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Exotic Plants hosts pottery sale

Deep discounts on outdoor containers; new events scheduled

Sacramento Digs Gardening logo
Sacramento Digs Gardening

Collection of container plants
Pottery containers like these will be on sale at Exotic Plants
this weekend. (Photo courtesy Exotic Plants)
Deep discounts
on outdoor
containers; new
events scheduled

Celebrate the end of summer with a super sale.

Exotic Plants, Sacramento’s go-to store for houseplants, succulents and tropical rarities, is hosting a tent sale from 11 a.m. to 3 p.m. Saturday, Sept. 4. This sale features deep discounts on outdoor pottery. All outdoor pots will be marked $5, $10 or $20.

In addition, hundreds of plants will be available from Exotic Plants’ vast selection. Buy three succulents, get the fourth one free. Also, spin the prize wheel for a special gift.

While you’re there (or just visiting online), sign up for one of Exotic Plants’ September workshops.

At 5:30 p.m. Sept. 22, Exotic Plants will offer a free Zoom workshop on working with succulents. To participate, sign up for Exotic Plants’ newsletter or call the store to receive the links.

Register now for the next in-person “Swig & Dig” workshop, set for 5:30 p.m. Sept. 24. This month’s theme: Special Paint Night. Fee is $50 including materials.

Exotic Plants is located at 1525 Fulton Ave., Sacramento.

Details: or call 916-922-4769.


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Dig In: Garden Checklist

For week of March 3:

* Celebrate the city flower! Catch the 100th Sacramento Camellia Show 3 to 6 p.m. Saturday, March 2, and 10 a.m to 5 p.m. Sunday, March 3, at the Scottish Rite Center, 6151 H St., Sacramento. Admission is free.

* Between showers, pick up fallen camellia blooms; that helps cut down on the spread of blossom blight that prematurely browns petals.

* Feed camellias after they bloom with fertilizer formulated for acid-loving plants.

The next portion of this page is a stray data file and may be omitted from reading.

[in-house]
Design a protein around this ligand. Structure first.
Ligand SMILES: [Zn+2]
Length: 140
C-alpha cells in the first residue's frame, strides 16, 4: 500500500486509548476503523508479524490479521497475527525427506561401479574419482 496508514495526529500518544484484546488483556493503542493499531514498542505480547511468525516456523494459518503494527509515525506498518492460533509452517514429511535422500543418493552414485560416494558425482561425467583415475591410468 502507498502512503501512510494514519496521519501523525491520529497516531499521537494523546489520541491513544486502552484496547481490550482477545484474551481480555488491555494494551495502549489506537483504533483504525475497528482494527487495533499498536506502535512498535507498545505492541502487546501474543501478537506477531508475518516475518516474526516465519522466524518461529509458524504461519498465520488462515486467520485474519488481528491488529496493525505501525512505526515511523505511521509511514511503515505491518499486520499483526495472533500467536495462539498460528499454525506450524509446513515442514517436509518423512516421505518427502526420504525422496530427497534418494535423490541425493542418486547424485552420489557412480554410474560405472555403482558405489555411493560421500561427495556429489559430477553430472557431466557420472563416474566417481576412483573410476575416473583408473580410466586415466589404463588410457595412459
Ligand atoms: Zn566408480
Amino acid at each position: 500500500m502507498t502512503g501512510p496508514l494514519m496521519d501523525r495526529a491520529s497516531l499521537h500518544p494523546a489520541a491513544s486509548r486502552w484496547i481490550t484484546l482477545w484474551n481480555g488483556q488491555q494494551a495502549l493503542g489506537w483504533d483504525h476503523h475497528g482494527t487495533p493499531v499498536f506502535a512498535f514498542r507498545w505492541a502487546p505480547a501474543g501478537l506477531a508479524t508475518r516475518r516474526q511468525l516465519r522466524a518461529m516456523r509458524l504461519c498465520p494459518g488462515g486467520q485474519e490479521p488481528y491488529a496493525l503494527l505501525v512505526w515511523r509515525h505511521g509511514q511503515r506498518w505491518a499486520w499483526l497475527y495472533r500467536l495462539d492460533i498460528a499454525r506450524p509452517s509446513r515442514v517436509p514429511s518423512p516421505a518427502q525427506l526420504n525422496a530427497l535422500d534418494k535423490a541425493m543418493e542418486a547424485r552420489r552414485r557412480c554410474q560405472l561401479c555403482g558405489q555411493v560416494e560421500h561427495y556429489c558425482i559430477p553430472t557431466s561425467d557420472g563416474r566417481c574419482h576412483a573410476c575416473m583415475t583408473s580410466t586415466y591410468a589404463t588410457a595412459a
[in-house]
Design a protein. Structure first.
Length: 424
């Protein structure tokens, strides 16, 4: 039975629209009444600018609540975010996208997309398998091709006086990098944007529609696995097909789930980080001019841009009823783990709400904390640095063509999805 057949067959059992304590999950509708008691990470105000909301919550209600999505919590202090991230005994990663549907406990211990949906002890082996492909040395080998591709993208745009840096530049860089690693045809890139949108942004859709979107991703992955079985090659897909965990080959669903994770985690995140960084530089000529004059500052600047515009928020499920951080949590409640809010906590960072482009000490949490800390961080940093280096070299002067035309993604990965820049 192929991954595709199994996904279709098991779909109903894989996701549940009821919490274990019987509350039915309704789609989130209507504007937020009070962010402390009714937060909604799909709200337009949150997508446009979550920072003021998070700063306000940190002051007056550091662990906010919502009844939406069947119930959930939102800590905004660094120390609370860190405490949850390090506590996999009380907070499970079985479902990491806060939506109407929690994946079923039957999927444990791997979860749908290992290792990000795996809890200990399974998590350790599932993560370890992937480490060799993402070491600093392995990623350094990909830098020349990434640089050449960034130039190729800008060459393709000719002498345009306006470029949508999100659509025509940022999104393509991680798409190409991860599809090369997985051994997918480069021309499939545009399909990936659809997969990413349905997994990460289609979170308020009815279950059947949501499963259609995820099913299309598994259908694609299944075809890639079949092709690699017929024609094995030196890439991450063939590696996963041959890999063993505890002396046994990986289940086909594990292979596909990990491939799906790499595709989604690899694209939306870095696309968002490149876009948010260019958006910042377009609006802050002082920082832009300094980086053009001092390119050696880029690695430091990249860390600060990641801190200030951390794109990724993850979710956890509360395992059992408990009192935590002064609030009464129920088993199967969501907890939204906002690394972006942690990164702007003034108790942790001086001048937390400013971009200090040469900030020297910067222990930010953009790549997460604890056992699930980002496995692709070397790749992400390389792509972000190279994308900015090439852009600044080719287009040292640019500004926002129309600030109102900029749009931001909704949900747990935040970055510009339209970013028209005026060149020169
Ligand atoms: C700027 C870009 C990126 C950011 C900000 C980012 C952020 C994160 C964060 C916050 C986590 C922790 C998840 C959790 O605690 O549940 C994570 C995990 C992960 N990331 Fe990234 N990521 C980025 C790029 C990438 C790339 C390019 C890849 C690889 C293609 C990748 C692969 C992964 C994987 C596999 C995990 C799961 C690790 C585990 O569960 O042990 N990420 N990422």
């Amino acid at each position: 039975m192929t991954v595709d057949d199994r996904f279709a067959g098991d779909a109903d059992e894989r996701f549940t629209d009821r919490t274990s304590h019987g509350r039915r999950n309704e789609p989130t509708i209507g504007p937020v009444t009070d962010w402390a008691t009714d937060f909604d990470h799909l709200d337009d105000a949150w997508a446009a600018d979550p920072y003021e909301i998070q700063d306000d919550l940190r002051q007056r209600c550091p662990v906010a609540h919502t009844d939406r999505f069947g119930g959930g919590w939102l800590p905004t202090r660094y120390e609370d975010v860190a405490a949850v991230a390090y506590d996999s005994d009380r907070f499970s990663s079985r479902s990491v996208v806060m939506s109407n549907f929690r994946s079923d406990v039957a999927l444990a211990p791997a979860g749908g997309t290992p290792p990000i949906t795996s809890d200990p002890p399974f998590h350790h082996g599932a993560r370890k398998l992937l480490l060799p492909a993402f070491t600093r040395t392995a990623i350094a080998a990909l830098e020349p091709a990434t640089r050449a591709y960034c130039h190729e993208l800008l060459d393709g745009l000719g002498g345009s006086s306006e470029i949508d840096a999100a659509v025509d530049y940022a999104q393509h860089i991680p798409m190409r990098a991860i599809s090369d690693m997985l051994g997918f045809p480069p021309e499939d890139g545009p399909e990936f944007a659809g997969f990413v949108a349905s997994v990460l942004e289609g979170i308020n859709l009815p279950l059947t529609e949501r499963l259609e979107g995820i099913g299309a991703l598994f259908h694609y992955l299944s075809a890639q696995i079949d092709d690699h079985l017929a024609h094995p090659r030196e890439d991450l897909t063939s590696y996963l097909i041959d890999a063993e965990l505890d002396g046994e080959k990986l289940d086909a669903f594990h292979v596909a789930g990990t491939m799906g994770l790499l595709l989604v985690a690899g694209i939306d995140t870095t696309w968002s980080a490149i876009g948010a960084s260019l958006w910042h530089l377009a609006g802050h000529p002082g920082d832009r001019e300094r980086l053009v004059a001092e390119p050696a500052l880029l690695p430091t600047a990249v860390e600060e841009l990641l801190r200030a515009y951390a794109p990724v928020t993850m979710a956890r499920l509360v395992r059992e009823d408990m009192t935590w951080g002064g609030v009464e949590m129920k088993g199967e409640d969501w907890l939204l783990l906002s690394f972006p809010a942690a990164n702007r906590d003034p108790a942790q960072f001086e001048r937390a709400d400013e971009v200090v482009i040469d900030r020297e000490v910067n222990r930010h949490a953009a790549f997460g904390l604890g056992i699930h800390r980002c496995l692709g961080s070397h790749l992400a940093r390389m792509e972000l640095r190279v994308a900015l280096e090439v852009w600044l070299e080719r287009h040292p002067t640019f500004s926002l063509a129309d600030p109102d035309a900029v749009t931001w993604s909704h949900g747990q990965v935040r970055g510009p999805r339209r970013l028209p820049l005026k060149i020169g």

* Camellias need little pruning. Remove dead wood and shape, if necessary.

* Tread lightly or not at all on wet ground; it compacts soil.

* Avoid digging in wet soil, too; wait until it clumps in your hand but doesn’t feel squishy.

* Note spots in your garden that stay wet after storms; improve drainage with the addition of organic matter such as compost.

* Keep an eye out for leaning trunks or ground disturbances around a tree’s base, a sign of shifting roots in the wet soil.

* Fertilize roses, annual flowers and berries as spring growth begins to appear.

* If aphids are attracted to new growth, knock them off with a strong spray of water or insecticidal soap. To make your own “bug soap,” use two tablespoons liquid soap – not detergent – to one quart water in a spray bottle. Shake it up before use. Among the liquid soaps that seem most effective are Dr. Bronner’s Pure-Castile Soaps; try the peppermint scent.

* Pull weeds now! Don’t let them get started. Take a hoe and whack them as soon as they sprout.

* Prune and fertilize spring-flowering shrubs after bloom.

* Cut back and fertilize perennial herbs to encourage new growth.

* Make plans for your summer garden. Once the soil is ready, start adding amendments such as compost.

* Indoors, start seeds for summer favorites such as tomatoes, peppers and squash as well as summer flowers.

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